Dr. Christine Orengo
Dr. Christine Orengo is an expert in bioinformatics applied to protein structure and evolution. She is a Professor of Bioinformatics at University College London (UCL) and currently leads a research group focused on understanding how protein domains are conserved over evolutionary time and developing methods to predict protein function. Dr. Orengo began her career at UCL, where she was awarded a PhD in Biochemistry in 1984. She went on to work in industry for a short time, did a postdoc at the National Institute of Medical Research and eventually returned to UCL. Notably, her group developed The CATH Protein Structure Classification database in the mid 1990’s, which still provides up-to-date information about the evolutionary relationships between protein domains.
Dr. Johannes Söding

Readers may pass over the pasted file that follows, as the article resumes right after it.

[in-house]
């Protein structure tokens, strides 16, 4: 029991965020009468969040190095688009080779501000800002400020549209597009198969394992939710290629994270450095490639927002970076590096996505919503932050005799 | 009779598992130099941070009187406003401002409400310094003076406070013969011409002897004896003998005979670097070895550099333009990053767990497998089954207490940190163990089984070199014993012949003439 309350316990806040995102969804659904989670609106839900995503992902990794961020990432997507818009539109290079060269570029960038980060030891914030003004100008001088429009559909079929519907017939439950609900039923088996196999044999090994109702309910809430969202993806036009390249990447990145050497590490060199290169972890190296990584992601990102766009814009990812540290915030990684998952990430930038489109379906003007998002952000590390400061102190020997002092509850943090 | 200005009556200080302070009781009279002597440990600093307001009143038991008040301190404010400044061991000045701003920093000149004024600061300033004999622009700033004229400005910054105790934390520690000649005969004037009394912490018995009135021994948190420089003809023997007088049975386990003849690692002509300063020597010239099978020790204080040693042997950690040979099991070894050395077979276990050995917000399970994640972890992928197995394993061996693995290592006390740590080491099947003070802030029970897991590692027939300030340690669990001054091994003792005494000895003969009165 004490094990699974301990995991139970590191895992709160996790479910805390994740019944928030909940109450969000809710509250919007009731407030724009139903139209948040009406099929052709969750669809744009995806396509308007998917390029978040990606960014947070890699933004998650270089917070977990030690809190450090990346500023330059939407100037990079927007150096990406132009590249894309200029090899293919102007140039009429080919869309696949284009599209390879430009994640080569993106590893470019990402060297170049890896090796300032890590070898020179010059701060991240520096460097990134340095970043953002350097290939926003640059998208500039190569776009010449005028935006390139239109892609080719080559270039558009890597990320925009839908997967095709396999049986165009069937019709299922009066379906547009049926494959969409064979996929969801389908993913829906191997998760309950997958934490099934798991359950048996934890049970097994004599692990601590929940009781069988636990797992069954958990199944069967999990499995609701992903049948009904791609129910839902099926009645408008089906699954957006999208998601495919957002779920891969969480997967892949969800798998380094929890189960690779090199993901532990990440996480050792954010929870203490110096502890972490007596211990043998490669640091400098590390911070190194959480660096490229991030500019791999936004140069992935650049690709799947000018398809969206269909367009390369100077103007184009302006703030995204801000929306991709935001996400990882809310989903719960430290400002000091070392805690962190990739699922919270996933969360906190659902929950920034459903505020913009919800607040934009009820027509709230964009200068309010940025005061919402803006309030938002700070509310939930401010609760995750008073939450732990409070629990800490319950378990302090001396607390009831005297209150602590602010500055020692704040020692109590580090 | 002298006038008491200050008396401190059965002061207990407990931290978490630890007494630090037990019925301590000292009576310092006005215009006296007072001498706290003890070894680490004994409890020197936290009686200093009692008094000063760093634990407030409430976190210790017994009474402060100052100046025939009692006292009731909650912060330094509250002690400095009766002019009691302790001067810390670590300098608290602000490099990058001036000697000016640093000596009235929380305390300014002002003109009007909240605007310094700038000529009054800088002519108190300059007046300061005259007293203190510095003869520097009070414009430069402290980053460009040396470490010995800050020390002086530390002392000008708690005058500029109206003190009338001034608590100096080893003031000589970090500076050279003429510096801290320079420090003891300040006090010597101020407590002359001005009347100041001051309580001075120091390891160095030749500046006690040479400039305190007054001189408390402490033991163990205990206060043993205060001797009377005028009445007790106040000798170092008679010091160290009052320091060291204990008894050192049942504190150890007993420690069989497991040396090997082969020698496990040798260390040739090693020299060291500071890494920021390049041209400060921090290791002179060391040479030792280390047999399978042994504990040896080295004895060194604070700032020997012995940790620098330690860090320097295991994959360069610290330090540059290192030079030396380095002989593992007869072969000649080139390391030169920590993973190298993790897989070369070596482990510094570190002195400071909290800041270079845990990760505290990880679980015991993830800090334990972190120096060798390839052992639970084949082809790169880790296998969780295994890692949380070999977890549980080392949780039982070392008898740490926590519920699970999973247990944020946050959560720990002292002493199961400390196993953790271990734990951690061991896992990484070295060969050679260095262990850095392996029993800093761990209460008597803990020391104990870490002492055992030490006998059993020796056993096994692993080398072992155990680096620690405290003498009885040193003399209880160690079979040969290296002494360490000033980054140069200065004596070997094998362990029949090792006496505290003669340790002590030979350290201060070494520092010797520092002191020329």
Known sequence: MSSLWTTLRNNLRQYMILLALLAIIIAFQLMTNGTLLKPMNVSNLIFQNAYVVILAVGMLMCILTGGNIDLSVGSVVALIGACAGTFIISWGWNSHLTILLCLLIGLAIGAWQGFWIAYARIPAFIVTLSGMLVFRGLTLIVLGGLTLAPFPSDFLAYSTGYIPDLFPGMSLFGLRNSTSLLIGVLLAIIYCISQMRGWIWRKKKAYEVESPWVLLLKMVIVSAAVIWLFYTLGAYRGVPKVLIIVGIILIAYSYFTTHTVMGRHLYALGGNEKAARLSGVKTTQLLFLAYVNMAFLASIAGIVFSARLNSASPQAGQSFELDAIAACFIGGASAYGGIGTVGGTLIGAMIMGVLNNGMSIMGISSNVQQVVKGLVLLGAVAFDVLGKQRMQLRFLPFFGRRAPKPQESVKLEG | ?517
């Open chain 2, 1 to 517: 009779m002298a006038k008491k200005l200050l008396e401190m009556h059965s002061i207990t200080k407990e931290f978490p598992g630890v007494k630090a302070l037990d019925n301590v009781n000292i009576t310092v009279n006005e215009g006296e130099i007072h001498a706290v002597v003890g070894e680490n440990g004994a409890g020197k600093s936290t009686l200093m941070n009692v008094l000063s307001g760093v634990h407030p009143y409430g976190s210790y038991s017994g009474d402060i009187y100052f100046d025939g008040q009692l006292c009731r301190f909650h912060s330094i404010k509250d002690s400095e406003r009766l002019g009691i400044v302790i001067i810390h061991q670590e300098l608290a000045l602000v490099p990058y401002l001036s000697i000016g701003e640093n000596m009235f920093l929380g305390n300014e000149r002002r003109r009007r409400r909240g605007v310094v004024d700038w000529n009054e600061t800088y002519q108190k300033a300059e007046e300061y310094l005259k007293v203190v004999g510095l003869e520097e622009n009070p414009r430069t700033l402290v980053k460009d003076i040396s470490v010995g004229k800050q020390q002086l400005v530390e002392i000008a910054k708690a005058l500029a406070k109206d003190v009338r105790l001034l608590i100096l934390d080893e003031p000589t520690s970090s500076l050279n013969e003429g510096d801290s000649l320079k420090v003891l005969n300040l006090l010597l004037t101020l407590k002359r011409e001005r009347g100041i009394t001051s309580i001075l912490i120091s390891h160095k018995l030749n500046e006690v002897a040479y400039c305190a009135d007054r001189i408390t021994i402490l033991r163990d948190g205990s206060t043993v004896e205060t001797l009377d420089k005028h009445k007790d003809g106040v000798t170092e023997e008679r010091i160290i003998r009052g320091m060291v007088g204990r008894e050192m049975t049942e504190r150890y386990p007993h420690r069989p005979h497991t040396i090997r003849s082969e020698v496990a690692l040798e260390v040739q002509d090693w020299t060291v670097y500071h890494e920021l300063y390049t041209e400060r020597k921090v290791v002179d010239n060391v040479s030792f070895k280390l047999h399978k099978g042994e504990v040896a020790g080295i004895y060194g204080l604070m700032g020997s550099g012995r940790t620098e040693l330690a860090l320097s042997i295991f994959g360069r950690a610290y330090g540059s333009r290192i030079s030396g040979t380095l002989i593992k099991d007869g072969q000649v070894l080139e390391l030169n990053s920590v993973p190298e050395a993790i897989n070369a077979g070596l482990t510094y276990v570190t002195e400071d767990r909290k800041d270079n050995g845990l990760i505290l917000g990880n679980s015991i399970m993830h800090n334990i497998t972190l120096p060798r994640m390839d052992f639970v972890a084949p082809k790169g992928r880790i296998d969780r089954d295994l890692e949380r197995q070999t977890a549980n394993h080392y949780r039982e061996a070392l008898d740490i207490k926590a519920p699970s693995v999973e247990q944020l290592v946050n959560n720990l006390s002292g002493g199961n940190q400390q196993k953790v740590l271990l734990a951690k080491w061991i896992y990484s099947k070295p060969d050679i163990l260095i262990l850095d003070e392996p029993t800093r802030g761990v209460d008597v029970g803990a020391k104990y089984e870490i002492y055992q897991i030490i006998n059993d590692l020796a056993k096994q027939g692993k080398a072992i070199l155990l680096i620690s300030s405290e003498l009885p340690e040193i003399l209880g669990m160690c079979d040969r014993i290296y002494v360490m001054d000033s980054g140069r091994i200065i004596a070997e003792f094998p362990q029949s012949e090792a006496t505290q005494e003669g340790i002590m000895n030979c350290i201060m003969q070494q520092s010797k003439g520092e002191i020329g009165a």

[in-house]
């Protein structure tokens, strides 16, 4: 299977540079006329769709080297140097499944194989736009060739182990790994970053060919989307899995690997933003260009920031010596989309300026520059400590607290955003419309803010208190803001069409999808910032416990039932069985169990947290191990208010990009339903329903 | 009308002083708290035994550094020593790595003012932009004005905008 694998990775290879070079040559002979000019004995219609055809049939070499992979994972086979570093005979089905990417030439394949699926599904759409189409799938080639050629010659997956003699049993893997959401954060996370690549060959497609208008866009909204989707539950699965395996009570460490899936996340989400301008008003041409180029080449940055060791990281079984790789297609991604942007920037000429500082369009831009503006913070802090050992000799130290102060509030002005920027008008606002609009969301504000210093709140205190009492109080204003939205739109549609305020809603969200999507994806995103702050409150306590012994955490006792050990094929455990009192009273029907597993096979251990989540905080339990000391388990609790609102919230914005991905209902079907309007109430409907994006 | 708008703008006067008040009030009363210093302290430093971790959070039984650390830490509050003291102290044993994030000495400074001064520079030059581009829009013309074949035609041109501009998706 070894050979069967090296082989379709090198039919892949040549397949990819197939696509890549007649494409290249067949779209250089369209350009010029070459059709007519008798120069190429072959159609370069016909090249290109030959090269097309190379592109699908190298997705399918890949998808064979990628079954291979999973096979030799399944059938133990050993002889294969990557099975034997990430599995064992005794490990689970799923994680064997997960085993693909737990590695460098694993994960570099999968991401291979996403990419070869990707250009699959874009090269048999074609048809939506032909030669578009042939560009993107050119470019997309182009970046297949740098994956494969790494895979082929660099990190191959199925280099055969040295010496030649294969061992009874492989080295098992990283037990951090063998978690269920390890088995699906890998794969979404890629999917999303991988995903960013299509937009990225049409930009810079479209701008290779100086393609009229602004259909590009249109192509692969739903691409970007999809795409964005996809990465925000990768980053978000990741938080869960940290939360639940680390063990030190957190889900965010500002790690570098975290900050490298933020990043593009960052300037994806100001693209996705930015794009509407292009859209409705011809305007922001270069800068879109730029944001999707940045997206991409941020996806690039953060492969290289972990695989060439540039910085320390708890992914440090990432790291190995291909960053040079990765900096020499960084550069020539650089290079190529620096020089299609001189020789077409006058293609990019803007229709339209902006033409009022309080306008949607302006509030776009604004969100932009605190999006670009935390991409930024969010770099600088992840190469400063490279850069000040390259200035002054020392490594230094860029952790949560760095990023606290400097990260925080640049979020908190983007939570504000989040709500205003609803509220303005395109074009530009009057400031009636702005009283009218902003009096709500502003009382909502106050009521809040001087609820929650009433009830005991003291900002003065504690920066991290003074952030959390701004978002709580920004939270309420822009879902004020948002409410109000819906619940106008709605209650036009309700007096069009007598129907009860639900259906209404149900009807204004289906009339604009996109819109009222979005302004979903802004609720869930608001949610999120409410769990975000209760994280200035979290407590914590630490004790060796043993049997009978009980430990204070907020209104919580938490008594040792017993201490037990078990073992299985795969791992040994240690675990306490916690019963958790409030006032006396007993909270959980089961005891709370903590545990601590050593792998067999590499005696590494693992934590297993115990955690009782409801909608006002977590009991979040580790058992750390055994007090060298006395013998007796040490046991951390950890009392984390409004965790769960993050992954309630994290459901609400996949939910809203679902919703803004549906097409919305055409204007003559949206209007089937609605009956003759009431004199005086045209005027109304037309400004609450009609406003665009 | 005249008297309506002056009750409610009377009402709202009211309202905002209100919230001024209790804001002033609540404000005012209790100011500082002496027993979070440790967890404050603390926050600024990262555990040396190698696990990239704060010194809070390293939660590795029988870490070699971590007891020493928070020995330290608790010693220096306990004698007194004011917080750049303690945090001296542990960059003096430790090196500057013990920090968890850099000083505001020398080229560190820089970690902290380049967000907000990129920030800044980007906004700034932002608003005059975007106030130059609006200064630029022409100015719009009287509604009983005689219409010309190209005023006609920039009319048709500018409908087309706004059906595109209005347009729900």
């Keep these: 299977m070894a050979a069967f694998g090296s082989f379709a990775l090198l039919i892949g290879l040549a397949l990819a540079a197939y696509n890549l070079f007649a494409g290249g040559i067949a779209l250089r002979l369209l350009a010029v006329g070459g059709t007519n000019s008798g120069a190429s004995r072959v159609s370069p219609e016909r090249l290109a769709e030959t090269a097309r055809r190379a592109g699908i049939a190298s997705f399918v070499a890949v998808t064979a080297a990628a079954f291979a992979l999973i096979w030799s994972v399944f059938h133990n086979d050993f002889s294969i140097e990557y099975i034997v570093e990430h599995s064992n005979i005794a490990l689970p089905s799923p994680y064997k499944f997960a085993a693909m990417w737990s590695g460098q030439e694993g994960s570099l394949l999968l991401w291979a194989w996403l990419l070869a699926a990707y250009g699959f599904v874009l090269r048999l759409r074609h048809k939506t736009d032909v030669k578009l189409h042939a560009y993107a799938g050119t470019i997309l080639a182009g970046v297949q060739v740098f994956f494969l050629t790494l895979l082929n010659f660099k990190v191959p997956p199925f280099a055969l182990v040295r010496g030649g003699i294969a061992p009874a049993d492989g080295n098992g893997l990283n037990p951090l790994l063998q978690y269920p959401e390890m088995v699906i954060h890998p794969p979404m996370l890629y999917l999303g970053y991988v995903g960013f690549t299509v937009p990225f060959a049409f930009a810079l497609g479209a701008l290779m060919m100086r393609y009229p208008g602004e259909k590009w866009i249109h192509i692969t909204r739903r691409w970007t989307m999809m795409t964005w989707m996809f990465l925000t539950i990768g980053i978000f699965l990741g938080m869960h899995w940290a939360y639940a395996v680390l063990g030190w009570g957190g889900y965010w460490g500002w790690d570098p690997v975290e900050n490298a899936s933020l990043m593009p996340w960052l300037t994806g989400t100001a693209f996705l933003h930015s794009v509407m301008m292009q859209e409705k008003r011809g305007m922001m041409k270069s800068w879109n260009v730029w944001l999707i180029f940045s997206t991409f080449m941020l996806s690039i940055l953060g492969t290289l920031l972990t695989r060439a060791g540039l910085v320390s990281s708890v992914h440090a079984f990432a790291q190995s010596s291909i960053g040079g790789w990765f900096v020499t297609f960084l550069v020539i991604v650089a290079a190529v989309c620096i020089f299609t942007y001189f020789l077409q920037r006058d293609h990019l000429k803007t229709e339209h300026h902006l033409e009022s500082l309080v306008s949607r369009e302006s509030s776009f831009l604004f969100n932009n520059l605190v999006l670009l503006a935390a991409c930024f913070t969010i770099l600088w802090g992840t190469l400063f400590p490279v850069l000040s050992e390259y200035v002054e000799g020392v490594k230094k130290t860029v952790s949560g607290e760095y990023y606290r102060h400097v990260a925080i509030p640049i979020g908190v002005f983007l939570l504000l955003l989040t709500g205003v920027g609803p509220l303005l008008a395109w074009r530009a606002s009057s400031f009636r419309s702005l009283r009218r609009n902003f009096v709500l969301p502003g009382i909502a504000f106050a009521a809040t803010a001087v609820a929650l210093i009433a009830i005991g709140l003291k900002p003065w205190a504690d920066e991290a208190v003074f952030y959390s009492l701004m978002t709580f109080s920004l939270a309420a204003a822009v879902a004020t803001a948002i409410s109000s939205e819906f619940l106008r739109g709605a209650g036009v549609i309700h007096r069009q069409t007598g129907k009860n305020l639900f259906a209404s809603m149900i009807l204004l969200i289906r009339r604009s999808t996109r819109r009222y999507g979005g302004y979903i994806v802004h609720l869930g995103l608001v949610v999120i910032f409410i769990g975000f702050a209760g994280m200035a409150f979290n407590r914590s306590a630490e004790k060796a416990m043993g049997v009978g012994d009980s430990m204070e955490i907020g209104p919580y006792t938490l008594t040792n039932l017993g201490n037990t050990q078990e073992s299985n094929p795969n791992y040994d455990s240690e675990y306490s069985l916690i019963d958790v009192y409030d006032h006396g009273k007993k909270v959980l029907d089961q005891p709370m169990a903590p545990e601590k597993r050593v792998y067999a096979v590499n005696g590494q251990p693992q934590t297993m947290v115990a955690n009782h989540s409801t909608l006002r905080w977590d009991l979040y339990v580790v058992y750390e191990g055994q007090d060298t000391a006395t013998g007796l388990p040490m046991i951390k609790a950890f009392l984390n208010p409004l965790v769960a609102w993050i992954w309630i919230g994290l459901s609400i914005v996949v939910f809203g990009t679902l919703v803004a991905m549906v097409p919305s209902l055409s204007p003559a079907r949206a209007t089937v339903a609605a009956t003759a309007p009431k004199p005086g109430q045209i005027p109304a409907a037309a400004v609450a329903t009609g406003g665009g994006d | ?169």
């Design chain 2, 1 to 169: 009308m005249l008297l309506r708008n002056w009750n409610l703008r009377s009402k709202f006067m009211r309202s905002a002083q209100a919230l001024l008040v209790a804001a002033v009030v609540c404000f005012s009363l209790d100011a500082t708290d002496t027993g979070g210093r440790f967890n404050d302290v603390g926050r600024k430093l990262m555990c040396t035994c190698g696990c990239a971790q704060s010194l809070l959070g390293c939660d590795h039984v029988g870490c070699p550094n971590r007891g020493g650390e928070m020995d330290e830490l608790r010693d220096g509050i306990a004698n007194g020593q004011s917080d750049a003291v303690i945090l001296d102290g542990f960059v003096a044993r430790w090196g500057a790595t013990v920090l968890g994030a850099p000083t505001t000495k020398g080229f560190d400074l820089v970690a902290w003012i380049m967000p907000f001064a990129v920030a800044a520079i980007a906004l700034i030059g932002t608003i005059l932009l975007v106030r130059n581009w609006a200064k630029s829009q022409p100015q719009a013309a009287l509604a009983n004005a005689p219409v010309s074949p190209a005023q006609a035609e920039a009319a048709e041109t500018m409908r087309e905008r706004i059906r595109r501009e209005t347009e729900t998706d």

Johannes Söding is an internationally recognized researcher in the fields of computational biology and bioinformatics. He has authored and coauthored some of the most groundbreaking tools to detect protein homology, study protein structure and evolution focusing on the use of statistical modeling. His work on the comparison of Hidden Markov Models and tools like HHblits, to detect remote homology in protein sequences, has significantly contributed to increase the scientific community's understanding of proteins in general. Also, the HHPred server has been one of the best performing servers in the last blind structure prediction CASP competitions during the last years. As an expert on improving the way in which to align protein sequences, he also collaborated on the development of Clustal Omega, which is one of the best performing softwares for aligning protein sequences. After more than a decade of sucessful work on the protein side of bioinformatics, Johannes Söding has expanded his research focus to many different research topics like single cell transcriptomics, transcriptional regulation, personalized medicine and others applying quantitative and edge-cutting statistical methodologies.